The Big Picture
Surely this is what many professionals in the energy sector are wrestling with at the moment: to get the Big Energy Picture. After all it is only if you get the Big Picture right that you will be able to take the right smaller decisions along the way.
One of those ‘small matters’ that policymakers are confronted with is shale gas. The US embraced it and got a gas boom – but at what price, is not clear yet. France went the other way and completely nipped shale gas exploitation and even exploration in the bud.
The law prohibiting shale gas activities that was adopted by the French parliament on 13 July did seem to leave some loopholes, as we reported earlier. However, as Boris Martor and Raphaël Chétrit of the Parisian law firm Eversheds write in today’s main article on EER, there are now two new bills pending in parliament that threaten to kill off all shale gas activities in France for the foreseeable future.
These proposals, based not on scientific arguments but on ‘ideological blindness’, they argue, will have very detrimental results in terms of the Big Energy Picture. They will make France and the EU extremely dependent on gas imports (i.e. on Russia) in future. You can read their lucid but alarming analysis by clicking here.
Meanwhile, in Scotland, the government seems to have no doubt as to how to go forward with the country’s energy future. It is opting for a massive expansion of offshore wind power, with the aim of supplying 100% of its electricity demand with renewable energy by 2020.
As the Scots also aim to export half of their electricity production, they may be able to help out the French ten years from now. To see this Picture emerge, however, somehow requires a Big Leap of Faith. But who knows? To read about the sweeping Scottish green energy ambitions, click here.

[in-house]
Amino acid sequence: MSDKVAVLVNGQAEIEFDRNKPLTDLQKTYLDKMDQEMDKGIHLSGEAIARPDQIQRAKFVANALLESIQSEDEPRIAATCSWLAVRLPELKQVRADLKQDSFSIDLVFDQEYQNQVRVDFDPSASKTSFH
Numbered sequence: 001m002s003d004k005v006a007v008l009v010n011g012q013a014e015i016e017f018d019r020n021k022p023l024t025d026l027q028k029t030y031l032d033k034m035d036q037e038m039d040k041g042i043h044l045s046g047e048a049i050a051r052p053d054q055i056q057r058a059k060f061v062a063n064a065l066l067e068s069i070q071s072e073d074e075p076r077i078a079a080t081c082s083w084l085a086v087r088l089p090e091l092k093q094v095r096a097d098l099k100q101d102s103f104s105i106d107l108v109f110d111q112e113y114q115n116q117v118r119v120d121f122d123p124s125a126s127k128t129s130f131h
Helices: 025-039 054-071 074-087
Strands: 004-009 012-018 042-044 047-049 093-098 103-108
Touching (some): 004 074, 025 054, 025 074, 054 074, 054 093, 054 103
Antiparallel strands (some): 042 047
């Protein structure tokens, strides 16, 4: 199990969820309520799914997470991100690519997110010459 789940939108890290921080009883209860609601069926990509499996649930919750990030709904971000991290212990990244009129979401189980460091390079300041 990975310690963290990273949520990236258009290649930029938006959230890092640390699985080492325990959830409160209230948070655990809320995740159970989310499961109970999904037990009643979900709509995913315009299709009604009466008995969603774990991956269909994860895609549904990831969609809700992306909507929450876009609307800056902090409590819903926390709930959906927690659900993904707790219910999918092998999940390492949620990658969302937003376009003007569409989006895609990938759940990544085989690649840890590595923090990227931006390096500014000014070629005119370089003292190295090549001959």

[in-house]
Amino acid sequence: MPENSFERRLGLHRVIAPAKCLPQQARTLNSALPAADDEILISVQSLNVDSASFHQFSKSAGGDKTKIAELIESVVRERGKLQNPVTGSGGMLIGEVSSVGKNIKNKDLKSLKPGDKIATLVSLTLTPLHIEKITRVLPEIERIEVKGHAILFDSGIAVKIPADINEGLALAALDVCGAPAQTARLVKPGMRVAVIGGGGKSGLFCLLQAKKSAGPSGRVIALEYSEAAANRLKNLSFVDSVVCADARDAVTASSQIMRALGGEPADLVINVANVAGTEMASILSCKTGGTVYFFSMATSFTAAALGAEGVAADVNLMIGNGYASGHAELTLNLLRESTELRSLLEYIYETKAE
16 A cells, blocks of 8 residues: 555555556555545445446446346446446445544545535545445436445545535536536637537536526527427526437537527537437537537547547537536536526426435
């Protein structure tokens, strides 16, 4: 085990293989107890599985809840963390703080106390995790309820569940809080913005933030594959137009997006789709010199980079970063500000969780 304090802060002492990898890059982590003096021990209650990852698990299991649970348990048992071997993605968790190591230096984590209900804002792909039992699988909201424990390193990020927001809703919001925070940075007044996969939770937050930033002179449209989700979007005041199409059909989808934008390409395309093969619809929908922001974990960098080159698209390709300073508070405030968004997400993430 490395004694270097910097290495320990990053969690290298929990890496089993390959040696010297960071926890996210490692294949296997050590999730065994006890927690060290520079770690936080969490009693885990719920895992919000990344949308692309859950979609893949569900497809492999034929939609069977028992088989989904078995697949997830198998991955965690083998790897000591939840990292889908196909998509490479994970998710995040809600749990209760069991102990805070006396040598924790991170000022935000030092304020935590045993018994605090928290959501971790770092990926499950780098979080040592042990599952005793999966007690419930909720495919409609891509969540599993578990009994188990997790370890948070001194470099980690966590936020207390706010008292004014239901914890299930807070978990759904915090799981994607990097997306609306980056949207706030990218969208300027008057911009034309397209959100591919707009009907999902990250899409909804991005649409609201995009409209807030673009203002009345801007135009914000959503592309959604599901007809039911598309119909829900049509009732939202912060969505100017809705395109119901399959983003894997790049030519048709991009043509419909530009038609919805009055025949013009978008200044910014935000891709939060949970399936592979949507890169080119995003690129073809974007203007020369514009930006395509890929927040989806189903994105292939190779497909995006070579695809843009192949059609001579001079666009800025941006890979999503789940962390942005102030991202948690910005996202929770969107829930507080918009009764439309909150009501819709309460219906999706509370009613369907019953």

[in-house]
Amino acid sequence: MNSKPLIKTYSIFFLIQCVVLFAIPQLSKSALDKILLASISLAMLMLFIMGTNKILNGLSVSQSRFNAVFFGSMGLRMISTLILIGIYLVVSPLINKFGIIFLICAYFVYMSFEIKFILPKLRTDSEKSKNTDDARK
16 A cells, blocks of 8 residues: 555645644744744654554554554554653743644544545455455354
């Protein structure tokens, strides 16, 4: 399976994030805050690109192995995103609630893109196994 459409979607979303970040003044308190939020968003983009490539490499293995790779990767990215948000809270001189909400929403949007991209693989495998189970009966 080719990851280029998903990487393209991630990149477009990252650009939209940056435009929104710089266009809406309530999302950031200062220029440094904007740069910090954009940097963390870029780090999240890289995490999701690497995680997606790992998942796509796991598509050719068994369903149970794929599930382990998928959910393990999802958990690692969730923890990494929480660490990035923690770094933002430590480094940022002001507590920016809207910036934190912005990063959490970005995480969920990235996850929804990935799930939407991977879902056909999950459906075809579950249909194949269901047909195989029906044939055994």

|Coming up on European Energy Review|
- European oil refinery sector fears for its future
- How to fit millions of electric cars into the (German) energy grid
- New report: how to build a European-wide CO2 pipeline network
- The prospects of geothermal energy
By Karel Beckman
European energy companies will not be able to finance the transition to a decarbonised power system on their own. They will need the help of institutional investors. But these investors will only become involved if policymakers reduce the policy risks associated with low-carbon energy sources, concludes the European Climate Foundation in a new report on how to finance Europe’s transition to a low-carbon economy.
By Sonja van Renssen
For the first time, Brussels is taking concrete steps to wrest control of external energy policy from the EU member states. The European Commisson wants to monitor all intergovernmental energy deals between EU member states and third countries. In the longer term, also it wants to be allowed to negotiate energy deals on behalf of the EU. The proposals come at a sensitive time in the history of the European Union.
By Reiner Gatermann
The Lithuanian government has come into sharp conflict with the European Bank for Reconstruction and Development (EBRD), over the dismantling of the Ignalina nuclear power plant. In addition, the project is facing a financing gap of €1.5 billion after 2014.
By Michael T. Klare
A 30-year war for energy preeminence? You wouldn’t wish it even on a desperate planet. But that’s where we’re headed and there’s no turning back, says energy author and Professor of Peace and World Security Studies Michael Klare.
By Matthew Hulbert
The Rosneft-ExxonMobil deal looks sensational at first sight, but the actual commitments from the two companies are still quite small. Both sides look to be hedging their bets. Which means Exxon’s rivals can still hope to become part of Russia’s Arctic future.
By Atanas Georgiev
Bulgarians are asking themselves whether shale gas would be the best way of achieving greater energy independence and what its potential environmental hazards might be. Both for Europe and Russia there is more at stake than may be apparent at first sight. Atanas Georgiev reports from Sofia.
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